Project 1 Abstract We aim to understand the toxicities associated with the a cellular hemoglobin (Hb) in the circulation by applying in vivo microvascular tools and methods. Our results will expand the knowledge and therapeutic alternatives to hemolytic pathologies, blood transfusions and Hb-based oxygen carriers (HBOCs). Toxicity will be analyzed in terms of microcirculatory phenomena measured by quantifying changes in functional capillary density (FCD) in a hamster window chamber model. FCD is a general functional biomarker that integrates systemic, cardiovascular, cellular, and biochemical changes resulting from Hb-based transfusions. We will use Hbs generated by recombinant technology and chemical modifications that emphasize each of the properties that leads to a specific toxicity, namely: (a) tetramer dissociation, (b) oxygen transport, (c) scavenging of nitric oxide (NO), (d) oxidative degradation, (e) loss of heme component, and (f) solution rheology. The concentrations to be tested are in ranges associated with physiological conditions, i.e., trace amounts, top loads leading to concentrations found in hemolytic anemias, and in the range resulting from exchange-transfusion of HBOCs. Animal models with acute and chronic inflammation will be used to determine how to reveal the conditions of the circulation and particularly the endothelium influence the level of a cellular Hb induced toxicities. Different Hbs will be studied in normal animals at the three concentrations and in scenarios where a cellular Hb is likely to be present, namely: a) local tourniquet ischemia reperfusion (acute biochemically and mechanically induced vascular dysfunction), and, b) hemorrhagic shock resuscitation. A model using a high cholesterol ( 4 - 6 weeks, atherogenic) diet in hamsters will be used to analyze a cellular Hb toxicity conditions of chronic endothelial dysfunction. We will investigate the effects of blood rheological properties on the erythrocyte cell-free layer and how this affects vessel wall shear stress and vascular NO bioavailability. Project 2 will develop molecules with different O2 affinities, NO scavenging capacities, and resistances to oxidative degradation and hemin loss that will be tested with the goal of identifying properties that reduce toxicity. NO bioavailability will be manipulated by approaches that enhance vessel wall shear stress with increased viscosity, perfusion and co-infusion with NO releasing nanoparticles. Conjugation of Hb with haptoglobin will be used to control oxidative stress related toxicity. The effectiveness of reducing additives such as ascorbate will be tested. Our overall goal is to understand the relationships between Hb biophysical properties, acute stress, and vascular health on the severity of a cellular Hb induced toxicity to develop strategies to prevent or mitigate a cellular Hb toxicity.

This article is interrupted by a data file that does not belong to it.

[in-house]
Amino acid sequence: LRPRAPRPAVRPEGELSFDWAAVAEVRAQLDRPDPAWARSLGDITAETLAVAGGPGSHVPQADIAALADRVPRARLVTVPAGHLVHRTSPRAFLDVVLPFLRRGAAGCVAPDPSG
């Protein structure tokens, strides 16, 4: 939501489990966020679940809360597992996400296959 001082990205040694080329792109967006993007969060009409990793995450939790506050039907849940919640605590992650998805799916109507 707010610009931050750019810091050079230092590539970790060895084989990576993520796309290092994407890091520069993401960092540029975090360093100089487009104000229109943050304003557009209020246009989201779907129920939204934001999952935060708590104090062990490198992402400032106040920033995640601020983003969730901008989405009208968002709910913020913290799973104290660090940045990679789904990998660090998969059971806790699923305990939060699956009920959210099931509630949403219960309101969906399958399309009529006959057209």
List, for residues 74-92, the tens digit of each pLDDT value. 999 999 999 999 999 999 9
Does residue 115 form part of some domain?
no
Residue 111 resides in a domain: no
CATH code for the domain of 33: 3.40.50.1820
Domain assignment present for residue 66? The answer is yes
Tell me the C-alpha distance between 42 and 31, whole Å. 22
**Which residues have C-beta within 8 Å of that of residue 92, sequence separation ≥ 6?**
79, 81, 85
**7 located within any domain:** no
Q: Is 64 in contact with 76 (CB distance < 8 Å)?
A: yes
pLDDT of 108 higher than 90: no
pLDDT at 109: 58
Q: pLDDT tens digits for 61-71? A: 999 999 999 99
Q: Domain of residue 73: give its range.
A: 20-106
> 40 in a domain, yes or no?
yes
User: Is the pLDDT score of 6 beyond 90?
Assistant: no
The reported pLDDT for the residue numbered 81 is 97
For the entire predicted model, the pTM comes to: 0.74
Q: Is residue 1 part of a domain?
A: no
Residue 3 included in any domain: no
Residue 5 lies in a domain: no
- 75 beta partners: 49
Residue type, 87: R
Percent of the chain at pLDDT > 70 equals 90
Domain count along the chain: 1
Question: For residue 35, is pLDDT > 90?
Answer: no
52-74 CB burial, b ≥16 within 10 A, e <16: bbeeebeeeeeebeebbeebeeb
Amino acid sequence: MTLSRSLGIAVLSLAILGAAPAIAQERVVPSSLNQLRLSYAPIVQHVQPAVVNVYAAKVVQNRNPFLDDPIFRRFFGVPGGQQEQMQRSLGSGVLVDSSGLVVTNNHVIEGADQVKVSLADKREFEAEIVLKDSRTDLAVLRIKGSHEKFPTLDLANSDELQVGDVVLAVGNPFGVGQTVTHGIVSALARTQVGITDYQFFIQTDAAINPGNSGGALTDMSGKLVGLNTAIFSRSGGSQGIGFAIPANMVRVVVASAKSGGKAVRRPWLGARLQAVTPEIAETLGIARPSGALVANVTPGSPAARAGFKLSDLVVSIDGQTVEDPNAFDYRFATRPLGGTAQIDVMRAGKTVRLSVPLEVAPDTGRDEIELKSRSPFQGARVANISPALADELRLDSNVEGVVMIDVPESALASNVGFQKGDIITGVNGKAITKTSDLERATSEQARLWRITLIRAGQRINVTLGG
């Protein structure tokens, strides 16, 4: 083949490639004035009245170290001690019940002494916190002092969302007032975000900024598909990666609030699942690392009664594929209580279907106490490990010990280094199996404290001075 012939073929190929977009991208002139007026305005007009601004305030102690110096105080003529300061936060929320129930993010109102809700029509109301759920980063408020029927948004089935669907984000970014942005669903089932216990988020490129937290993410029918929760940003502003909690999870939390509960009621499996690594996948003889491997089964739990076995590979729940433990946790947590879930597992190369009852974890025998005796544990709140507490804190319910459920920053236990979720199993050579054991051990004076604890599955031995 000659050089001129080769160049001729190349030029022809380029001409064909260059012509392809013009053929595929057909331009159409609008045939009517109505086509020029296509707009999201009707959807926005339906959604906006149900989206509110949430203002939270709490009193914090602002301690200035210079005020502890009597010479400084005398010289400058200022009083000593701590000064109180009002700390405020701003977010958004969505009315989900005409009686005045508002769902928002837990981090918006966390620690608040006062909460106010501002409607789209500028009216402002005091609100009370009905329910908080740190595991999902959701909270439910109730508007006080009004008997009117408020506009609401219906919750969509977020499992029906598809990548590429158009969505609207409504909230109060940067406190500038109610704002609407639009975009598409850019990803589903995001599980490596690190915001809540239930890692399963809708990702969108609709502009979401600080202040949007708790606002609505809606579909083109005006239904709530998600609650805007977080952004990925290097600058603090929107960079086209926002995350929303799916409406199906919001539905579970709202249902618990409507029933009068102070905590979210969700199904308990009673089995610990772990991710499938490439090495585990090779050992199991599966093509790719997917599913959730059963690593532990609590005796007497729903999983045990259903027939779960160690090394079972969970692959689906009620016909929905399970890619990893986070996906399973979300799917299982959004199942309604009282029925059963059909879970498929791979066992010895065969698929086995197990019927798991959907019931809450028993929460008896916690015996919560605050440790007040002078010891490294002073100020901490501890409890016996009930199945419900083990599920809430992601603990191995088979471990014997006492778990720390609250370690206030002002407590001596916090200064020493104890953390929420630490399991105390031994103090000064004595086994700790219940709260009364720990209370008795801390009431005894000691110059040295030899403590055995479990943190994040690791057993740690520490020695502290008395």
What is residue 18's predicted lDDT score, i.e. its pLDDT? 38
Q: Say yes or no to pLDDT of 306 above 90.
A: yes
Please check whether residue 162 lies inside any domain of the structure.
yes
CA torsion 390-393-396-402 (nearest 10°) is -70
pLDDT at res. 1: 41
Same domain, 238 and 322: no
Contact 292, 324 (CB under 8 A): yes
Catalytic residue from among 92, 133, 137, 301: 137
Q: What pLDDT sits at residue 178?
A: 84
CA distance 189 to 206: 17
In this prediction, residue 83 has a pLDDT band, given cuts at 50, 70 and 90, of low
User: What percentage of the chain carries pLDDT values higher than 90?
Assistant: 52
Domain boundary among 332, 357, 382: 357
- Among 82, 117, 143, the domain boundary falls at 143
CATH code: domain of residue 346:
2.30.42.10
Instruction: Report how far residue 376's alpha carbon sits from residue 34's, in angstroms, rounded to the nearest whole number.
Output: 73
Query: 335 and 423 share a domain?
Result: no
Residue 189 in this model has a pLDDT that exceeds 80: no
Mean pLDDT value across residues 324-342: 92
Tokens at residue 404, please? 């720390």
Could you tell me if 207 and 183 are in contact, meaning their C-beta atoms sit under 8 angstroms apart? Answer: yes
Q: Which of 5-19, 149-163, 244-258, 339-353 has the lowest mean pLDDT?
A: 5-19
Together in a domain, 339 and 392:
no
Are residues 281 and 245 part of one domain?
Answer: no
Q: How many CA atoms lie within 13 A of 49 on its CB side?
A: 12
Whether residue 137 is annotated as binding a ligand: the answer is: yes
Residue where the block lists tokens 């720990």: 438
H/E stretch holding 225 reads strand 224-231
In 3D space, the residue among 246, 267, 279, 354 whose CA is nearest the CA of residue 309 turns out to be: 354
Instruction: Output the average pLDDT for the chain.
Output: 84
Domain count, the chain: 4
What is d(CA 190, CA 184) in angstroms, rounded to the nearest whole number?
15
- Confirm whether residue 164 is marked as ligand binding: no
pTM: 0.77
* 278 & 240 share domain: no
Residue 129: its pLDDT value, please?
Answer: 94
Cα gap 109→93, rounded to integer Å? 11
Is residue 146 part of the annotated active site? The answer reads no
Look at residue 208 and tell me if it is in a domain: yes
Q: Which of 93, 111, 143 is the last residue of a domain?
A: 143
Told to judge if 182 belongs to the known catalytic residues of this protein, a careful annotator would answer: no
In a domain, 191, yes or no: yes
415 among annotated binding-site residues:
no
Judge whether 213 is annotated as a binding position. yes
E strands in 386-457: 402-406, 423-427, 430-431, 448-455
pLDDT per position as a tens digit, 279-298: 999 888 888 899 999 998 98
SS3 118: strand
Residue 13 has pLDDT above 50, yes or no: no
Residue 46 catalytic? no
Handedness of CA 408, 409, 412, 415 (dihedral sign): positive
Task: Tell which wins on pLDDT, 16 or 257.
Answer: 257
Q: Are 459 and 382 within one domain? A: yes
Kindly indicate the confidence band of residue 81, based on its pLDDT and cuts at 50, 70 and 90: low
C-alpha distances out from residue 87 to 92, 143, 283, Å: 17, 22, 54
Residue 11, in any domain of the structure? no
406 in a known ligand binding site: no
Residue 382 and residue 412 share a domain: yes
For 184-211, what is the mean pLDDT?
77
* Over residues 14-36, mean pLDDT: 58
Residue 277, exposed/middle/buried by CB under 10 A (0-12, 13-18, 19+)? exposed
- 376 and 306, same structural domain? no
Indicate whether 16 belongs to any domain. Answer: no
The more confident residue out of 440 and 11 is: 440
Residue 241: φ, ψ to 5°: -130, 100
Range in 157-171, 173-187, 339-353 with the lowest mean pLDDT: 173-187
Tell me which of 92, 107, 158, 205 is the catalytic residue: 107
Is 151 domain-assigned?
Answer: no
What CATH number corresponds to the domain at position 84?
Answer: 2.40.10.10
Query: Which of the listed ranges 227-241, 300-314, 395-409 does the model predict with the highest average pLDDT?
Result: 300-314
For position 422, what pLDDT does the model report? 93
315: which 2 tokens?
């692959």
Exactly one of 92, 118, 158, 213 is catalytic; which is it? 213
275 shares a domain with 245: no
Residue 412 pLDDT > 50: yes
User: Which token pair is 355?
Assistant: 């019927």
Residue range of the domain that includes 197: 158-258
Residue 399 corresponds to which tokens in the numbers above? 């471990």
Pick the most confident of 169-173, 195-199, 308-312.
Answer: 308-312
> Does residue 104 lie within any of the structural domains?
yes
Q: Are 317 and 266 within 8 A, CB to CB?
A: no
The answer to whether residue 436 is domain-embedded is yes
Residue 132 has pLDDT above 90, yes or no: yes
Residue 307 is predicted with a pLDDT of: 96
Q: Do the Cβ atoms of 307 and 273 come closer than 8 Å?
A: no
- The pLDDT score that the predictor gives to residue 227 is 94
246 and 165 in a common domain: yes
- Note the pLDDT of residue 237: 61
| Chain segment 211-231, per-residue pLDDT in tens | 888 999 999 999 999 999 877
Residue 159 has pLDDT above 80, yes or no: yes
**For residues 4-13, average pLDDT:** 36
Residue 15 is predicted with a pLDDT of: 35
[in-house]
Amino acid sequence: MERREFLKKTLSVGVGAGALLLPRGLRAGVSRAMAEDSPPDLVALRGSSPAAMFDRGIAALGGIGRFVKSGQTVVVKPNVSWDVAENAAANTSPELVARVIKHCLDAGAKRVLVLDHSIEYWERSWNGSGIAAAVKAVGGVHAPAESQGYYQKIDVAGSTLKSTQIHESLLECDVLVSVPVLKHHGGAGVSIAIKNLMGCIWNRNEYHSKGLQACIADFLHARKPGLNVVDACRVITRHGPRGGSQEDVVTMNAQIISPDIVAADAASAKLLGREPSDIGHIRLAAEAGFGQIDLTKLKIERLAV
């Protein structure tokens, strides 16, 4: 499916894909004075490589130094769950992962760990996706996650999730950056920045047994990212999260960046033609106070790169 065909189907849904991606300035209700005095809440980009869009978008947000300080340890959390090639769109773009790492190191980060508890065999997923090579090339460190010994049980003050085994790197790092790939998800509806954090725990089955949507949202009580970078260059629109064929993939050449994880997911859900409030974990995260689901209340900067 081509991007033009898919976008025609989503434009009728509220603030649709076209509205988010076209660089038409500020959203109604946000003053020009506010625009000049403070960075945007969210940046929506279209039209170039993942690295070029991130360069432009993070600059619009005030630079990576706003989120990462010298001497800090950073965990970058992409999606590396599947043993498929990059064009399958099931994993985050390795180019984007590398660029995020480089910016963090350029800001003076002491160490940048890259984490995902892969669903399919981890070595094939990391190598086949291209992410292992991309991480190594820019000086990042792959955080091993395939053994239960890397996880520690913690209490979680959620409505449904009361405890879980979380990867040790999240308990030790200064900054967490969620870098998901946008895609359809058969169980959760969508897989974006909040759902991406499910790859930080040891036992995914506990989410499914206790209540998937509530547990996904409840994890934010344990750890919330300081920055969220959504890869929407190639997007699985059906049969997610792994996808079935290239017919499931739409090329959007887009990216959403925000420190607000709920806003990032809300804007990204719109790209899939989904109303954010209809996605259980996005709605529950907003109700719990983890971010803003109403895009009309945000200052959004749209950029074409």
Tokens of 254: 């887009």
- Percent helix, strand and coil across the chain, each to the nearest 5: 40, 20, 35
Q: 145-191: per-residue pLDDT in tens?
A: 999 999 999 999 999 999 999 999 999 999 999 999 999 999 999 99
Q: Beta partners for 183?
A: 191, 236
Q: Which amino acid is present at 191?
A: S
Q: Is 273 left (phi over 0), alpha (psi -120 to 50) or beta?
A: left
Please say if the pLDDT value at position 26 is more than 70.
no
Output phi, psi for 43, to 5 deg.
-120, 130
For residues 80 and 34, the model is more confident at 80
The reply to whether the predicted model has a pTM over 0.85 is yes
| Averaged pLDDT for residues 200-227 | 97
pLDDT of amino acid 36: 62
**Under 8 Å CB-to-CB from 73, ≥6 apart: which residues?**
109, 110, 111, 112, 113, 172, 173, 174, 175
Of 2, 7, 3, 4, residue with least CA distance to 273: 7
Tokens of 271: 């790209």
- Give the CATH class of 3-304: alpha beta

Agency
National Institute of Health (NIH)
Institute
National Heart, Lung, and Blood Institute (NHLBI)
Type
Research Program Projects (P01)
Project #
5P01HL110900-02
Application #
8517804
Study Section
Heart, Lung, and Blood Initial Review Group (HLBP)
Project Start
Project End
Budget Start
2013-08-01
Budget End
2014-07-31
Support Year
2
Fiscal Year
2013
Total Cost
$476,213
Indirect Cost
Name
Albert Einstein College of Medicine
Department
Type
DUNS #
110521739
City
Bronx
State
NY
Country
United States
Zip Code
10461
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